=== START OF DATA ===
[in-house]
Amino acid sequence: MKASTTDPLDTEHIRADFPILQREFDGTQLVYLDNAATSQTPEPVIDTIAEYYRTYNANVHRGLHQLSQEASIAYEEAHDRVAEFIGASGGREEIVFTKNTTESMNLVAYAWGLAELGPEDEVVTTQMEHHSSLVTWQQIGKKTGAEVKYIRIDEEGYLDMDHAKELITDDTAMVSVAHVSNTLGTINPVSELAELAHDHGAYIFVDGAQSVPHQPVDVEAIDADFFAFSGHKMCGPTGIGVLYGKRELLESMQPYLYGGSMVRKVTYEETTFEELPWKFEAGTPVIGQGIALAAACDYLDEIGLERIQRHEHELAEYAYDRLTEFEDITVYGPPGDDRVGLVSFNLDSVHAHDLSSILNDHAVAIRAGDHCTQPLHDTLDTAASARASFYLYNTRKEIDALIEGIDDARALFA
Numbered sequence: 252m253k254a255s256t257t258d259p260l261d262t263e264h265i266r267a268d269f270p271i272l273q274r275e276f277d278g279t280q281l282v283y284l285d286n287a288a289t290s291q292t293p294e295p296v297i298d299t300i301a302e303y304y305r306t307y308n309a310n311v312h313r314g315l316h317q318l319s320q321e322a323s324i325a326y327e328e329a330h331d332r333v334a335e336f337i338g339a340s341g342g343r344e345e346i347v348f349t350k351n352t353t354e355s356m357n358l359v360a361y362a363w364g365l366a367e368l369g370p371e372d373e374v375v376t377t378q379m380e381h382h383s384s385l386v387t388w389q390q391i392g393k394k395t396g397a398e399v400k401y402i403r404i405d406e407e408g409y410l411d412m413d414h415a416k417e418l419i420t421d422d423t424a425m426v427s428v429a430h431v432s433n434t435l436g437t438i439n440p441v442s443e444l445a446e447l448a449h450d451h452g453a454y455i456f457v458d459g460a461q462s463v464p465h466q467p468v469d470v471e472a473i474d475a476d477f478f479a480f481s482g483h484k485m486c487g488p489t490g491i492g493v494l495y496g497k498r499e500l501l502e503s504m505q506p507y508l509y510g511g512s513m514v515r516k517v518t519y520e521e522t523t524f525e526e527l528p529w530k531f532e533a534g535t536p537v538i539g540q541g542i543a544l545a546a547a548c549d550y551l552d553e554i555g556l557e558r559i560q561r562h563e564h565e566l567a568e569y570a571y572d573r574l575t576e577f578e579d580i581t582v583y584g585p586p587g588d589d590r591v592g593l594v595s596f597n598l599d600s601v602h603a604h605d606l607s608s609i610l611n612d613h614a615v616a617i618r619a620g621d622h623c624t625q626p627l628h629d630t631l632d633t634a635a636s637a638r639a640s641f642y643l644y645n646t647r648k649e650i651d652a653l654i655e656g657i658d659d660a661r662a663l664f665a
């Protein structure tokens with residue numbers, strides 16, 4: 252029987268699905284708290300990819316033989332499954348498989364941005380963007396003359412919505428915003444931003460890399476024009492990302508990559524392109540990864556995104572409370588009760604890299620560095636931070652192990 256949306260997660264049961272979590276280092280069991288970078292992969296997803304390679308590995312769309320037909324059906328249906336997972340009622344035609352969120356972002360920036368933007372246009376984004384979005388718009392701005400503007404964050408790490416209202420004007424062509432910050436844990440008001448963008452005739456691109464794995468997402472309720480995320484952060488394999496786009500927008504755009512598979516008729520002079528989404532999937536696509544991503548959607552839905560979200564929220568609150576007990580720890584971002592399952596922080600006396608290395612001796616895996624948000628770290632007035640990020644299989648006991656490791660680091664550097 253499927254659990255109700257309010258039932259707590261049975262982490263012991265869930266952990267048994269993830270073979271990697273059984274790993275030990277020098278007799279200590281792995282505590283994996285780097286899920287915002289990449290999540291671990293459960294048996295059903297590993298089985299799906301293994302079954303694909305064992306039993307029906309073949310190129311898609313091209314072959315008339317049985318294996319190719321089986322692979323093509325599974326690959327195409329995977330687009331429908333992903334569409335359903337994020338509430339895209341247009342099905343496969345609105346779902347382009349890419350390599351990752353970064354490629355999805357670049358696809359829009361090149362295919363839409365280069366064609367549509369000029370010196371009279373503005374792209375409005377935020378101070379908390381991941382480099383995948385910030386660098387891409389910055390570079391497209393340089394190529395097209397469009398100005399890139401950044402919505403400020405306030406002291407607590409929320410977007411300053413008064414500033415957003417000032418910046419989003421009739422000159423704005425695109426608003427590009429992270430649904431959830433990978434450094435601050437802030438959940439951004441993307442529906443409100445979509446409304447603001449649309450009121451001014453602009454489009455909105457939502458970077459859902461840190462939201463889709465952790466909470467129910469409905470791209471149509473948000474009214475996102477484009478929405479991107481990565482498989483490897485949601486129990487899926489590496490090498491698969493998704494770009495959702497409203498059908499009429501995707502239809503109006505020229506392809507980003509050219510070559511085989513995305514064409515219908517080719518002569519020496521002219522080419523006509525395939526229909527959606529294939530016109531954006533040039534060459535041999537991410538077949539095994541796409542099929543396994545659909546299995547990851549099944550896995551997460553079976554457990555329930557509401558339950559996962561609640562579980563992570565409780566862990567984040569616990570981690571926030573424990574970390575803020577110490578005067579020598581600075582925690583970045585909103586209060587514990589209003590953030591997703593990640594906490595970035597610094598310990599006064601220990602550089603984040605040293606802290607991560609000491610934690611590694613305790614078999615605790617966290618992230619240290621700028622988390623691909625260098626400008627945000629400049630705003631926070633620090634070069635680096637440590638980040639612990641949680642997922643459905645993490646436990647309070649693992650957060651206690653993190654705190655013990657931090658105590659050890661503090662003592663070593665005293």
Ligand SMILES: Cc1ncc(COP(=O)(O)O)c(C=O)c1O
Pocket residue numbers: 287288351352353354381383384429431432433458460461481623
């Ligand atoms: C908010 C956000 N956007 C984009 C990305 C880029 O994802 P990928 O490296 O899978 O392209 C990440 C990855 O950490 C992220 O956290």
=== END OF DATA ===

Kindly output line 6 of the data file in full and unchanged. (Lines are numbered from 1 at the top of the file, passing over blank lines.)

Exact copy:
Pocket residue numbers: 287288351352353354381383384429431432433458460461481623